In Argentina, Juan Manuel de Rosas took power in 1838, and although he declared himself a federalist, he ruled centrally until his fall in 1852. During his term he took protectionist measures against the Argentine economy, opposing the practice of free-trade of England and defending the reconstruction of the vice-kingdom of the Silver, entering in clash with Brazil.
In Mexico, following the fall of conservative Sant’Anna (1855), in whose government the Americans took possession of an extensive Mexican territory. promoted the liberals under the leadership of Benito Juarez . In his government, measures were taken against the Church. which resulted in a civil war against the reactionary forces, called the Reformation War .
In this context, allied conservatives of the Catholic Church called for French intervention . Like this. between 1863 and 1867, Mexico became a monarchy ruled by Ferdinand Maximilian of Austria. In 1876, Porfirio Diaz gave a coup d’etat and established a positivist dictatorship , ruling Mexico until 1911, when the Mexican Revolution broke out . The long period of the government of Porfírio Diaz denominated Porfiriato .
The English hegemony
From the outset, England had a prominent role in the process of independence of Spanish America. When the Governing Boards broke with Napoleon’s occupied Spain , one of the first measures taken in the most different regions of Latin America was the liberation of commerce to the British, guaranteeing the advantages obtained previously.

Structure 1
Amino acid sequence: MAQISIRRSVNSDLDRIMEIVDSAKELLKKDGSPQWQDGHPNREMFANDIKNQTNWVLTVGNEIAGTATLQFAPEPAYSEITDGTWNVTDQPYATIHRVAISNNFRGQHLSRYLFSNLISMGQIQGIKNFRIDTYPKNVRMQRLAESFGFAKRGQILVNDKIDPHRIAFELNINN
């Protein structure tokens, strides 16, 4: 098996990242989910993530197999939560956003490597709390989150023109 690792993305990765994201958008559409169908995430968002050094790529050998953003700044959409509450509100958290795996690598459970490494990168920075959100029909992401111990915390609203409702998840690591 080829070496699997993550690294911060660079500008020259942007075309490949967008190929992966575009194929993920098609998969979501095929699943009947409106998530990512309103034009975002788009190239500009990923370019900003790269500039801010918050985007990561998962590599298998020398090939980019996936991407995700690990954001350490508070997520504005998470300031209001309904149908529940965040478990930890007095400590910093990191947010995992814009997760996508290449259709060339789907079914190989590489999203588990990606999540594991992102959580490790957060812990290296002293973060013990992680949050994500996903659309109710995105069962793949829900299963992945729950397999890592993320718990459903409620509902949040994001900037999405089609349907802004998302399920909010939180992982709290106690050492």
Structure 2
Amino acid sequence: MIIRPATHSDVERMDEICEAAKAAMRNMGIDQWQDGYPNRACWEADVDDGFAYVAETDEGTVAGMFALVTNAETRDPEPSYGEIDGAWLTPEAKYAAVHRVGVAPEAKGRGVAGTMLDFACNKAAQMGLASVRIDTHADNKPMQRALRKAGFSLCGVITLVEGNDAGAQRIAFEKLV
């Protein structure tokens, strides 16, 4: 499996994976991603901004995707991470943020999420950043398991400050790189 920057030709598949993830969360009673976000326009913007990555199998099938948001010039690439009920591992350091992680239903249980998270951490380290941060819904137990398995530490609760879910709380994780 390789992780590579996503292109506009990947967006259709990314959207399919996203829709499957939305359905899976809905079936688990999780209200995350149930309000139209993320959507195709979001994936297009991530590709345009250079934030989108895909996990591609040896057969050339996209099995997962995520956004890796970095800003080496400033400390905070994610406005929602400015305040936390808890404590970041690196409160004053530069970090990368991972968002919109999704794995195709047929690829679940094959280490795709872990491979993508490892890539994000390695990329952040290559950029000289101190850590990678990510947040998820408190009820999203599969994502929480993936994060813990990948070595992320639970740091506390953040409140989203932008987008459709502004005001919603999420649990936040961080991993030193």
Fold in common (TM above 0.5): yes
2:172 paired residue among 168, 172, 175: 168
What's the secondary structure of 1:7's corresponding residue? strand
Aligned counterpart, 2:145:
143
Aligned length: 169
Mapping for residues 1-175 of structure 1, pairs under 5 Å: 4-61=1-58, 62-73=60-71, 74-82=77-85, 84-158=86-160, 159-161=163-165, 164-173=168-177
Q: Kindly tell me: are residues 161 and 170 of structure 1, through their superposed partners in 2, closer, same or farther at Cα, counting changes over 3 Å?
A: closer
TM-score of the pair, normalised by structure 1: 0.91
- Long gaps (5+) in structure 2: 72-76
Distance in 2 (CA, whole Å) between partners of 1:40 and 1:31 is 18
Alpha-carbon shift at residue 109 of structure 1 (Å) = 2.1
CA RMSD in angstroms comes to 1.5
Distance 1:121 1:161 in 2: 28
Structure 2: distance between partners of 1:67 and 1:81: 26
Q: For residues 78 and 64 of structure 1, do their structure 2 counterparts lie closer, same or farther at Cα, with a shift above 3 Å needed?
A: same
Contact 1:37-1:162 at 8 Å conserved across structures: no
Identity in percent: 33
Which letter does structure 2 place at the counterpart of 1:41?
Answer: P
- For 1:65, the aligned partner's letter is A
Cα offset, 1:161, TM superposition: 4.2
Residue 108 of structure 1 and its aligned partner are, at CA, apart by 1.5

During the war against Spain, from 1814-15, when Fernando VII tried to recover the former colonies, the British became directly involved in the conflict, supporting the Creole elite. Loans were made, arms were sold to settlers, and English military mercenaries, like Lord Cochrane, commanded the victory over the Spaniards. The guarantee of independence also ensured English privileges in the markets of the extensive area of the former Spanish colonial empire, where the practice of free-tradeadvocated by England prevailed .
The action of English diplomacy
Initially, England was committed to gaining recognition of the new American nations from European countries. However, he never lost sight of the struggles involving the organization of Latin American states. For the English, it was necessary for the new countries to become their allies as an economically hegemonic power. Therefore, there was no interest in the emergence of a sufficiently strong economy capable of breaking its tutelage and its control.
The concrete action of British diplomacy in this sense is perceptible in the creation of Uruguay – the former Cispiatine Province – as a buffer state , between Brazil and Argentina (1828), avoiding the control of any of these countries over the Prata basin. Likewise, in the dissolution of the United Provinces of Central America , formed by the small Mesoamerican republics, in 1839.
At the Pan-American Conference in 1826, when Pan Americanism sought to make a great step toward Latin American unity, Minister Canning worked against the American claims to create a Latin American bloc under his leadership; at the same time, however, undermined the project of organizing a strong and cohesive America.